Greg Schiano is coming back to Rutgers.
Athletic director Pat Hobbs announced Sunday the university and Schiano have reached a contract agreement, a week after talks to bring back the 53-year-old former Scarlet Knights head coach fell apart.
â€œThe next great chapter for Rutgers Football is about to begin,â€ Hobbs said in a statement.
The contract must be approved by the schoolsâ€™ board of governors. It is scheduled to meet Tuesday to discuss the hiring.
Hobbs called the negotiations complex.
â€œIt wouldnâ€™t be appropriate to prejudge any action that the Board of Governors may take, but I believe today that Rutgers Football is on the path to greatness,â€ Hobbs said.
Rutgers had offered Schiano an eight-year contract worth $32 million, but the two sides could not agree on other financial commitments by the school toward improved facilities and infrastructure and both indicated they were ready to move on.
After that news broke last Sunday, Rutgers officials faced a wave of criticism from boosters, fans and former players. Schiano was coach at Rutgers from 2001-11. The Scarlet Knights went to a bowl game in six of his final seven seasons.
Rutgers finished off a 2-10 season, 0-9 in the Big Ten, on Saturday with a loss at Penn State. Nunzio Campanile has been the interim head coach since the firing of Chris Ash five games into his fourth season. Ash went 8-32 in three-plus seasons, including 3-26 in the Big Ten.
After Ash was fired, Schiano was immediately speculated as a candidate to replace him.
Schiano, a New Jersey native, went 68-67 at Rutgers and turned the Scarlet Knights into consistent winners in the old Big East after years of being one of the worst major college football programs in the country. Success under Schiano helped Rutgers land an invite to the Big Ten, and it joined the lucrative Power Five conference in 2014.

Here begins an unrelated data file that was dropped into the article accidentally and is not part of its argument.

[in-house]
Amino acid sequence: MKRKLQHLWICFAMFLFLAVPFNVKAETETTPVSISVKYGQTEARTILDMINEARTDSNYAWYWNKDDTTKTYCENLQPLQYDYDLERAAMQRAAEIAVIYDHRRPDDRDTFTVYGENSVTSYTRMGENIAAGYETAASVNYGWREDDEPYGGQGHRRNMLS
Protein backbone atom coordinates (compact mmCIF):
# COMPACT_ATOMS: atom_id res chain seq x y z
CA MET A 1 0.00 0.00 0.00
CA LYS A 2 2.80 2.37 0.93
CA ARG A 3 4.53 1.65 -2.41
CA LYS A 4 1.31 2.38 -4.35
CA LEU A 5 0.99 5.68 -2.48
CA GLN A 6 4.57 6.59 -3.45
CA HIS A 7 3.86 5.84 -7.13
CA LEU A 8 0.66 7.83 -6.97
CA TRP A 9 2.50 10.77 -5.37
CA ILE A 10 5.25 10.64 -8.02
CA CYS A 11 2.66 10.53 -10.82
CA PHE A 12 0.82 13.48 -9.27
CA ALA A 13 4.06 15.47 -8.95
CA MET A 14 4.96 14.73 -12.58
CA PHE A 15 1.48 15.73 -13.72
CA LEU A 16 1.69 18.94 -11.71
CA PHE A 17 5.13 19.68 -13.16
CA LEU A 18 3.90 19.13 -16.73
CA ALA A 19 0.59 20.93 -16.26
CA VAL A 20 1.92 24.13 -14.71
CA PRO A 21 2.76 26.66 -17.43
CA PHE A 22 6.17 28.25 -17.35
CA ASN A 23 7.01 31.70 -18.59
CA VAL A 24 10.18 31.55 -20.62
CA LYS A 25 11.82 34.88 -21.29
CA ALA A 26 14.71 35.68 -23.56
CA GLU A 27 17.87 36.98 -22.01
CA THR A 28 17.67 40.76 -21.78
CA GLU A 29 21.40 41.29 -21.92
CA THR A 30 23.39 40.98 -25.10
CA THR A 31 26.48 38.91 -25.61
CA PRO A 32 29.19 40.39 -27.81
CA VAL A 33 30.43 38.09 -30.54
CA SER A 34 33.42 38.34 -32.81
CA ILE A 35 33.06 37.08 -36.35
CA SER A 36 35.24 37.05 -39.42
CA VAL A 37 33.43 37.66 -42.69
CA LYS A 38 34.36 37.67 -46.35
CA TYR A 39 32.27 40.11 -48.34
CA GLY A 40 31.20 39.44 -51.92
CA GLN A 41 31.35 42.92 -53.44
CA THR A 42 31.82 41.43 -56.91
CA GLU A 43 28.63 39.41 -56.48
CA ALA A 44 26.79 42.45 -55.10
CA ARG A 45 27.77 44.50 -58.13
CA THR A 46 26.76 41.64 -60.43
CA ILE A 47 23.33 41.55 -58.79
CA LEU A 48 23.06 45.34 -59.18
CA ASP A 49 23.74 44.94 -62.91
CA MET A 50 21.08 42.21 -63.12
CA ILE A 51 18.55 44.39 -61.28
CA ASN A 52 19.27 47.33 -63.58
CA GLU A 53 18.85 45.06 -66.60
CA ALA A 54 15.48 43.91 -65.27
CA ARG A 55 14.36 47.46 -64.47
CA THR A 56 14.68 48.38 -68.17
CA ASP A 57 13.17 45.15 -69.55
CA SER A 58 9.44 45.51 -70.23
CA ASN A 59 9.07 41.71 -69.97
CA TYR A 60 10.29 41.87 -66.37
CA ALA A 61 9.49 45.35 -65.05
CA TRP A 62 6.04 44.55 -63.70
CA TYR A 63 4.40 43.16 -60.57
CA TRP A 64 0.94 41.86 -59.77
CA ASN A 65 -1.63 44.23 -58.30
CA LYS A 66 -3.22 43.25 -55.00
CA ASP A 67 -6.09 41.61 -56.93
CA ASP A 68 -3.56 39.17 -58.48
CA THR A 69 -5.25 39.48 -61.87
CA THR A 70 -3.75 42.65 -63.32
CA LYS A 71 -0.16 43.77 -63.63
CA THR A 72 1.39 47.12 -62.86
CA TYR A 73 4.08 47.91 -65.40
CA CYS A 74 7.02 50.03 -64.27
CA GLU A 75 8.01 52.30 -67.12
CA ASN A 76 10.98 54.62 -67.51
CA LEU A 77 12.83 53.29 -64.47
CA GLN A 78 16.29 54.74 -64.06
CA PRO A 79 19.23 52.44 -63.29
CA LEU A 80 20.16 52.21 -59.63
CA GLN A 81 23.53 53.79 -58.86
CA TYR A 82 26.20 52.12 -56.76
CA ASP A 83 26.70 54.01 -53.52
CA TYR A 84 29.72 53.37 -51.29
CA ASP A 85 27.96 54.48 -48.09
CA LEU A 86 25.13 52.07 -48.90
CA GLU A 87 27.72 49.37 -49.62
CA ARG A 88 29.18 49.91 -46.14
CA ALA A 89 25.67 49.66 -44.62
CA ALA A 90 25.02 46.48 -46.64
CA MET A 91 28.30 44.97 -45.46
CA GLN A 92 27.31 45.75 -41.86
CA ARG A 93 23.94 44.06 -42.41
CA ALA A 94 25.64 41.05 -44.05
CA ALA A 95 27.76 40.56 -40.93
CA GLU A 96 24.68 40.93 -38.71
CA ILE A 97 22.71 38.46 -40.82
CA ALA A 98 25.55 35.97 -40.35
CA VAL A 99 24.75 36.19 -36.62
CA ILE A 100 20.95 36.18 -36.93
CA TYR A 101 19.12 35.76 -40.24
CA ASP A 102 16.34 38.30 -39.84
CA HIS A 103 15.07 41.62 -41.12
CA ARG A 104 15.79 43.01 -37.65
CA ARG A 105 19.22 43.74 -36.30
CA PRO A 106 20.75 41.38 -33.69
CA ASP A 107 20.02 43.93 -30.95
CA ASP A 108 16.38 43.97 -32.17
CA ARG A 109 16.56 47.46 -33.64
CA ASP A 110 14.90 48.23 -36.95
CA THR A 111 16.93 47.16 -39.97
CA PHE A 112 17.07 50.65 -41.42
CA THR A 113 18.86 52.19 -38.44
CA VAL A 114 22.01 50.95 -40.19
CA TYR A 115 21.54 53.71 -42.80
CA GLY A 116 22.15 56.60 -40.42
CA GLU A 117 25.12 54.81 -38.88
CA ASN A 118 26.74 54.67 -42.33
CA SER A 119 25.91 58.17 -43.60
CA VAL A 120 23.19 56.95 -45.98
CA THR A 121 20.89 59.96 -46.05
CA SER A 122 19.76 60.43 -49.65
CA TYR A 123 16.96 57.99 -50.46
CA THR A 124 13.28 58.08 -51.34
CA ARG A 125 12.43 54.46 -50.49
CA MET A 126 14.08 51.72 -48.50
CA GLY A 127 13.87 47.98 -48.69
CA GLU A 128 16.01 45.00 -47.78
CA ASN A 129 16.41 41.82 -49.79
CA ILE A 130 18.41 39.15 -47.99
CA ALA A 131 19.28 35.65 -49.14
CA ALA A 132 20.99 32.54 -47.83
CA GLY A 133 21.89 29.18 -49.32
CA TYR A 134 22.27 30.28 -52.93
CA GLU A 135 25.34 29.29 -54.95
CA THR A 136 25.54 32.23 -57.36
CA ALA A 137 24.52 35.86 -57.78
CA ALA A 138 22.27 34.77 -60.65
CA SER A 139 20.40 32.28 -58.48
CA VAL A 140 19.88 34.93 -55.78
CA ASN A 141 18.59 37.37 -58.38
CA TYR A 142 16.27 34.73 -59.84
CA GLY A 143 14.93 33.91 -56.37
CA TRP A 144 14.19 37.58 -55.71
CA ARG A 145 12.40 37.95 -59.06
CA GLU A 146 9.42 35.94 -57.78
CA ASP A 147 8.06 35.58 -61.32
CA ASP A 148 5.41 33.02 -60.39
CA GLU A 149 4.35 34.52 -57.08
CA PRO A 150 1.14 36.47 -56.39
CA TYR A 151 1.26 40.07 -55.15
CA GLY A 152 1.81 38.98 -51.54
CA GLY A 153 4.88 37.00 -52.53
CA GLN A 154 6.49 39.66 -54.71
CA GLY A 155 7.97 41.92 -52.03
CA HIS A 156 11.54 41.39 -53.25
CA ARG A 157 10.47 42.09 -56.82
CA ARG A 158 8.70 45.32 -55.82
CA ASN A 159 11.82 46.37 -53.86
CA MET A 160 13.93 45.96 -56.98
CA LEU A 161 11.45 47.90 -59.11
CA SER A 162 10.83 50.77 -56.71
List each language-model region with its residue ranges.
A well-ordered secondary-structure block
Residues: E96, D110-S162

After news of Schianoâ€™s return broke, there was a positive response from alumni and former players.
â€œWelcome back coach @GregSchiano F.A.M.I.L.Y.,â€ tweeted Eric LeGrand, who was paralyzed during a 2010 game while playing for Schiano.
Schiano left Rutgers in 2012 to become head coach for the NFLâ€™s Tampa Bay Buccaneers, but his tenure lasted only two years. He resurfaced at Ohio State as defensive coordinator. He had reached an agreement to become Tennessee coach in 2017, but a fan mutiny on social media led the school to rescind its offer.
Some Tennessee fans cited a deposition given by former Penn State assistant coach Mike McQueary, unsealed by the courts in 2016, that alleged Schiano and other Nittany Lions assistants had known Jerry Sandusky had been acting improperly with young boys years before Sandusky was arrested and charged. The claims were never investigated by authorities and Schiano has said he never saw or had reason to suspect any abuse by Sandusky while he was an assistant under Joe Paterno at Penn State from 1990-95.
Schiano left Ohio State after last season when the Buckeyes struggled on his side of the ball, and briefly took a job as an assistant with the New England Patriots earlier this year. He stepped down soon after, deciding instead to take the season off.
Now heâ€™s set to return and facing maybe an even tougher task than the first time around, trying to make Rutgers respectable in the Big Ten.
AP Sports Writer Tom Canavan in East Rutherford, New Jersey, contributed to this report.
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